The following points summarize the discussion held on this topic during this CEO Solution Exchange at the 2015 CEO Talent Summit in Dallas, TX, Sept. 30-Oct. 1, 2015:
The crisis for talent is here now, and everyone is feeling the pinch today. “We are hiring 1,200 employees per year,” one participant said. “We have over 300 open positions – some of which have been open for months, even years. We do not fill a position unless we find the right person.”
General talent challenges:
- There are fewer available candidates in the talent pool
- A decline in graduating architects, engineers, capable business candidates
- This shortage extends up and down the talent capabilities ladder, from professionals to skilled hourly workers
Skilled production staffing challenges:
- Existing skilled employees are aging and will retire
- Companies must formalize efforts to capture and transfer the knowledge of veteran, skilled employees—they must effectively pass on their expertise and craftsmanship before they retire
- A career “on the factory floor” (along with vocational trades [plumber, electrician, maintenance, driving a truck]) has become stigmatized by the younger generation
- Current employees with these skills are making good money ($70-80K!)
- We are not sure why the lure of stable, significant incomes is not adequate to overcome the negative perception of these jobs
We have brought this crisis upon ourselves. The entire societal and educational system has created the perception that one can only succeed with a college education—an essential prerequisite for achieving “The American Dream”. This is a huge public relations challenge for business owners. It is clear that not all high school students are well-served by pursuing college degrees.
Attracting today’s top talent—millennials:
- We are surprised and frustrated by the fact that many recent college grads are not employed and yet it is difficult to attract qualified talent to our companies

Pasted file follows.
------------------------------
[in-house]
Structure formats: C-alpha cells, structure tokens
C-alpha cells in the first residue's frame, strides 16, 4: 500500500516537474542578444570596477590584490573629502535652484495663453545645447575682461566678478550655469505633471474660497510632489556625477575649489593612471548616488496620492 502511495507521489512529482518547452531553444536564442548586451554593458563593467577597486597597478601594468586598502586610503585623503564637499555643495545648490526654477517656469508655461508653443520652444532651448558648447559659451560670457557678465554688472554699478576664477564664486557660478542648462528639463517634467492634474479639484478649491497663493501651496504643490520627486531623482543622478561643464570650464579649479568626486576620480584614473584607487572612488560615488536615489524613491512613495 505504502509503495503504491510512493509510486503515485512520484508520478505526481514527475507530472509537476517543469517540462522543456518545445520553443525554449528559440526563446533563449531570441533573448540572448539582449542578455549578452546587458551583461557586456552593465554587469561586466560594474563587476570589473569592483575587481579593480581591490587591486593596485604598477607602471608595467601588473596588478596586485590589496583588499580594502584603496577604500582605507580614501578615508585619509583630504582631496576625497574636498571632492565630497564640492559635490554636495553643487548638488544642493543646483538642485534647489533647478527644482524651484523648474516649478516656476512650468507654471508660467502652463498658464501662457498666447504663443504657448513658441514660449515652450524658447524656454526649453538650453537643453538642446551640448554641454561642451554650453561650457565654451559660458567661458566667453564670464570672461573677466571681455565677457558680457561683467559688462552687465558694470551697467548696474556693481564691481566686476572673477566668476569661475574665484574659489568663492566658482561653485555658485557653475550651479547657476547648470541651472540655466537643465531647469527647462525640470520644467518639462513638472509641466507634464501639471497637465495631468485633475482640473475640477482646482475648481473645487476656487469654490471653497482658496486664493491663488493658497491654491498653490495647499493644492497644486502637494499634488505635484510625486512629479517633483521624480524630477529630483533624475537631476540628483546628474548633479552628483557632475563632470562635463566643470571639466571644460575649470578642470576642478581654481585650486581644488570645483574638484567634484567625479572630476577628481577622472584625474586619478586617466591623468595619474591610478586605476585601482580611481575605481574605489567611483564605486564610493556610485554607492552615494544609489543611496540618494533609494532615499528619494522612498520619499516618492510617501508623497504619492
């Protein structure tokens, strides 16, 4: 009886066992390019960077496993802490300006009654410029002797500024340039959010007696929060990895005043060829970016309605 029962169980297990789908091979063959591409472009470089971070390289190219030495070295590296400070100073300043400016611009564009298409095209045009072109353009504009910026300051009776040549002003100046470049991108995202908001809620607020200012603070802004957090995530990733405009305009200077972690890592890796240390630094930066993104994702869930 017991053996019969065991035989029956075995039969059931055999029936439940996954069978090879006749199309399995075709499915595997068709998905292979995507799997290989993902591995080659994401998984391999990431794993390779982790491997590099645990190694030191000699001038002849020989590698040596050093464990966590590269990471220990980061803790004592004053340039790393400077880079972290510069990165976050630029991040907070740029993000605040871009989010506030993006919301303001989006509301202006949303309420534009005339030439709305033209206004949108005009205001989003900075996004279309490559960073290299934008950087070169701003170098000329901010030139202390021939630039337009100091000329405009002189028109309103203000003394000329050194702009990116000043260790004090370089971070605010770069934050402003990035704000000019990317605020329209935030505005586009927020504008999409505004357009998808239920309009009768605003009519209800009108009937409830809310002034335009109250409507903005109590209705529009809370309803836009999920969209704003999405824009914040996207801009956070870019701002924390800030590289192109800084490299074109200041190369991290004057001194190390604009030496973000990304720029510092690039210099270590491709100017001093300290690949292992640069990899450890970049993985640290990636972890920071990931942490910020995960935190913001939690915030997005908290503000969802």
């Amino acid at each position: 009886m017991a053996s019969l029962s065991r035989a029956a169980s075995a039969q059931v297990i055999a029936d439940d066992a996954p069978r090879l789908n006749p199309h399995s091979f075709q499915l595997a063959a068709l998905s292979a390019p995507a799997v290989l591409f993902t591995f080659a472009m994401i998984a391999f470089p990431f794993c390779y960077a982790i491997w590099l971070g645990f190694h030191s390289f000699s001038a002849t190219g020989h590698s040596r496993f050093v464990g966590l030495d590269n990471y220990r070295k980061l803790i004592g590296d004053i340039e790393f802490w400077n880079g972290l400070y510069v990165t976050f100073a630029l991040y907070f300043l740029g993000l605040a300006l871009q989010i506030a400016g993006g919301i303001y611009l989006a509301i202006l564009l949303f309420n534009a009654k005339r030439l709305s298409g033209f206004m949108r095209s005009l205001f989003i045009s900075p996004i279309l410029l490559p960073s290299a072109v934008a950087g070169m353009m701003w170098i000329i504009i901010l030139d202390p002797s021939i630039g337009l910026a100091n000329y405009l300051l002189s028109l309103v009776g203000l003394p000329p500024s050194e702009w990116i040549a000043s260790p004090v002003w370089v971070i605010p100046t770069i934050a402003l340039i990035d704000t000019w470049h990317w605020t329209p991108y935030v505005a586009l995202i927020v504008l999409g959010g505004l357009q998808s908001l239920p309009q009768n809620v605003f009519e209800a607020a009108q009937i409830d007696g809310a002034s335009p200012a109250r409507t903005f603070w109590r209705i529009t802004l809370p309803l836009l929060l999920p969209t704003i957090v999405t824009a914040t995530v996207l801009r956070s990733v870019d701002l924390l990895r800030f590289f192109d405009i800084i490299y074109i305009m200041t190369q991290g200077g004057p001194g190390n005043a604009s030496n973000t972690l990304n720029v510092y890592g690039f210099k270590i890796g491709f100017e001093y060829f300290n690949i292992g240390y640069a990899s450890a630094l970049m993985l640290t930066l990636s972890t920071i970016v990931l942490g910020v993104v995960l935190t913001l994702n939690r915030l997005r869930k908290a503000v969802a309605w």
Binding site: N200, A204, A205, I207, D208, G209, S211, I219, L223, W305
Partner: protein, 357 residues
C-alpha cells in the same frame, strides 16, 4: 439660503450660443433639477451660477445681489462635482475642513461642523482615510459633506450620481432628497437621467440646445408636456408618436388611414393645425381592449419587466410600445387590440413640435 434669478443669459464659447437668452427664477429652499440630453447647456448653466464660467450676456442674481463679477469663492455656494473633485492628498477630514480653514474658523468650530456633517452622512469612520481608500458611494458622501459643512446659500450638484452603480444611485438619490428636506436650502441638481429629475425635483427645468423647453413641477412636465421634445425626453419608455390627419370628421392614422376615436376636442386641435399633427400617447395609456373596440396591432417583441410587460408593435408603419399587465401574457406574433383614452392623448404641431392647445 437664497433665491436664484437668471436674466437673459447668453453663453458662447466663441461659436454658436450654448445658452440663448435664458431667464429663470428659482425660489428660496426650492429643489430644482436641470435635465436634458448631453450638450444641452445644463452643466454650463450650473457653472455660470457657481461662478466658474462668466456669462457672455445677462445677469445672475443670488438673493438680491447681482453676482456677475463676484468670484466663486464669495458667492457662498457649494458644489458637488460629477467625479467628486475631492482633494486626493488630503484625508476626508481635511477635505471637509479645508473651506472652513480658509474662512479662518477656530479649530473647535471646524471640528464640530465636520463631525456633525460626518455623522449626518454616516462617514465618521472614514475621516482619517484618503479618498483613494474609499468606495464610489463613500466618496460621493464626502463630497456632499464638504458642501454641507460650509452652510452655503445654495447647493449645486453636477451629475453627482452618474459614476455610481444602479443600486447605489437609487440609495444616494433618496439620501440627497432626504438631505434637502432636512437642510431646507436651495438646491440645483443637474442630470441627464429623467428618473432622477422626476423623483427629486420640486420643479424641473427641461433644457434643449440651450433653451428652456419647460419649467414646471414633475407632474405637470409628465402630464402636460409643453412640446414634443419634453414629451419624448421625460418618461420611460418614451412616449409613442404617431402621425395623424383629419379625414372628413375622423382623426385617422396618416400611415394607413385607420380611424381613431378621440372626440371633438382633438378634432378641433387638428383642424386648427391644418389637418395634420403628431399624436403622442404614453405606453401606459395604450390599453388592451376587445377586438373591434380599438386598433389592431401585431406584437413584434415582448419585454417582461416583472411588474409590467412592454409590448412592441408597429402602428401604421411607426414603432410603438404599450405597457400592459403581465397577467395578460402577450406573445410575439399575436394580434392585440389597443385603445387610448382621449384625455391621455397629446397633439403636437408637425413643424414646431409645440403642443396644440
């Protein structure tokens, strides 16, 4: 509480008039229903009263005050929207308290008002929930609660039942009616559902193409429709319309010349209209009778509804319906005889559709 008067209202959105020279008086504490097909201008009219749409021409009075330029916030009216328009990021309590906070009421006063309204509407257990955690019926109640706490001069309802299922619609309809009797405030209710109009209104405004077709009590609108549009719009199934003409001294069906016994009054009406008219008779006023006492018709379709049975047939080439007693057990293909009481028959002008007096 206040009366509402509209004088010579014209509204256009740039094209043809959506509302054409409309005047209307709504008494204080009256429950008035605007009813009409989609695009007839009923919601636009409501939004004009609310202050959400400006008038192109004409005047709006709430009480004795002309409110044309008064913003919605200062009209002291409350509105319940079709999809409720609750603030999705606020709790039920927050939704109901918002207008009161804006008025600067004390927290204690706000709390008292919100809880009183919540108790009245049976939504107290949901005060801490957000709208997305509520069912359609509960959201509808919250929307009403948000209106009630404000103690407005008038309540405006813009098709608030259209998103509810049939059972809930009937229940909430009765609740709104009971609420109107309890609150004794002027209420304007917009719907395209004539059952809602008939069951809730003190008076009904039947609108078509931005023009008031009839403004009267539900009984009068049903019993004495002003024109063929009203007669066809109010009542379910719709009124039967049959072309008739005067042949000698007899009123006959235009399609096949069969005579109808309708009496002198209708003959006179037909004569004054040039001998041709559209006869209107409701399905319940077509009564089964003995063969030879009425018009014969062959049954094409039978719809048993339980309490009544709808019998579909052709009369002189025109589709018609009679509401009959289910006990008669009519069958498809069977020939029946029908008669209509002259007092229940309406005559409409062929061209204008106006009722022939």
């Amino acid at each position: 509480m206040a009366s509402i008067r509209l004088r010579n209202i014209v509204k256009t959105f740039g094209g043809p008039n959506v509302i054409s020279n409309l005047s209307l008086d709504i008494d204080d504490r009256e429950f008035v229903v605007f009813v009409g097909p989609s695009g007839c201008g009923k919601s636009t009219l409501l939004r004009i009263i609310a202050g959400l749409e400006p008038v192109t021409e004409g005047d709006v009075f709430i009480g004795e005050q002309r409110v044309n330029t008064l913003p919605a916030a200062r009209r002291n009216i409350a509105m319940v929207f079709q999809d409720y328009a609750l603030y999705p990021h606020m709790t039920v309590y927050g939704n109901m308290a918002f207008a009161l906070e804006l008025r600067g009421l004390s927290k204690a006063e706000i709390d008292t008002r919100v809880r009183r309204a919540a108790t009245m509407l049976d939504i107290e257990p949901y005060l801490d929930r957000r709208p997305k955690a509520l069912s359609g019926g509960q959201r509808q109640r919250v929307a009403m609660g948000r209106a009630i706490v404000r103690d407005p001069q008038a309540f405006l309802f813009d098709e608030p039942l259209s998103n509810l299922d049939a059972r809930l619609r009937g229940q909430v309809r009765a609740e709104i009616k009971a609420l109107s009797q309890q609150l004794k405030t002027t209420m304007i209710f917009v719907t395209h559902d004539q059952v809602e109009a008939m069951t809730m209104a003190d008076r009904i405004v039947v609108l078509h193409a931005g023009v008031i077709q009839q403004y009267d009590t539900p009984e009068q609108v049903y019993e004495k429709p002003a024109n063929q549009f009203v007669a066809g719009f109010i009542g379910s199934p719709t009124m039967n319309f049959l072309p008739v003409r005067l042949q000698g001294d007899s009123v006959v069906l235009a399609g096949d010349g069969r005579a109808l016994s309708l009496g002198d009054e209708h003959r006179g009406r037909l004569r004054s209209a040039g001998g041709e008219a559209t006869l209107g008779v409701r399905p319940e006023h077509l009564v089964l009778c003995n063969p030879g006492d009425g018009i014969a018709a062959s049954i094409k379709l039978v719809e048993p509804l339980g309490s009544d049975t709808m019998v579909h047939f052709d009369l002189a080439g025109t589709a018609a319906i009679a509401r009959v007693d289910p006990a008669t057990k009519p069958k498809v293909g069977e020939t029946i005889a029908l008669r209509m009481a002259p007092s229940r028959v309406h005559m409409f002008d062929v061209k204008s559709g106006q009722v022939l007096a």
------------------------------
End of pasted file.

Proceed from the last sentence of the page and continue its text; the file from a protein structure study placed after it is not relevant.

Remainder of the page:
- Businesses today must understand and accommodate the attitudes and needs of millennials
- Have a fully formalized “marketing recruiting package” that persuades candidates to join your company
- Candidates do not know who you are—this has a significant negative impact on attracting top candidates
- They cannot ALL work for Google
Solution: Get involved with the education system:
- We need to get involved in our local education systems and promote the value of a non-college career track
- We need to help high schools develop a positive image for these careers and effective programs for vocational training
- These are high-paying jobs, with rewarding work content; not all production environments fit the stereotype of “dark, dirty, hot, unpleasant” factories of the past
- We need to reinvent the shop floor
- Think hard about improving the quality of your work environment so careers in this area are not DOA
- Form a coalition of local businesses (you don’t need to undertake this on your own)
- Invest in the local school system; provide the local high schools with the equipment and trained teachers they otherwise cannot afford; set up training programs for the skills you need.
- These are worthwhile educational programs that are superior to the traditional “shop class” programs of yesteryear and will be supported by the school systems
- Take an active role in providing support for career days at your local schools
- Host open houses at your place of business
- Get involved early (high school and junior high) in trying to change this generation’s perception; emphasize the value created by these positions and feature the income potential
One participant successfully commissioned a company promotional video showcasing their business (employment opportunities, career paths and a strong dose of “Who We Are”). This did not cost a lot of money and had an immediate impact on applications for posted jobs.
- Make these company promotional items available in media venues used by millennials (online, Facebook, LinkedIn, Twitter, etc.)
- Create co-op positions and internships—make them meaningful
One participant’s company is growing and they had no room for the college interns. They fixed up an old storage room with a dozen desks and put all of the interns in the box. Rather than feel that they had been put in a closet, the interns were actually concerned that the “regular employees” outside of the ‘Fish Bowl’ would become jealous of the highly interactive, social culture they enjoyed!
- Keep in mind that we may not be able to hire the skills that we need—this is OK, if we adopt the “hire for attitude, train for skills” approach espoused by Southwest Airlines
- Will millennials’ values and job expectations change as they buy homes, marry, have children?
- Will they become less idealistic and impatient and guided more by the need for stable careers and steady income streams as they take on fixed life responsibilities? We must wait and see!
Facilitator: Steve Rutan, Rutan Management Consulting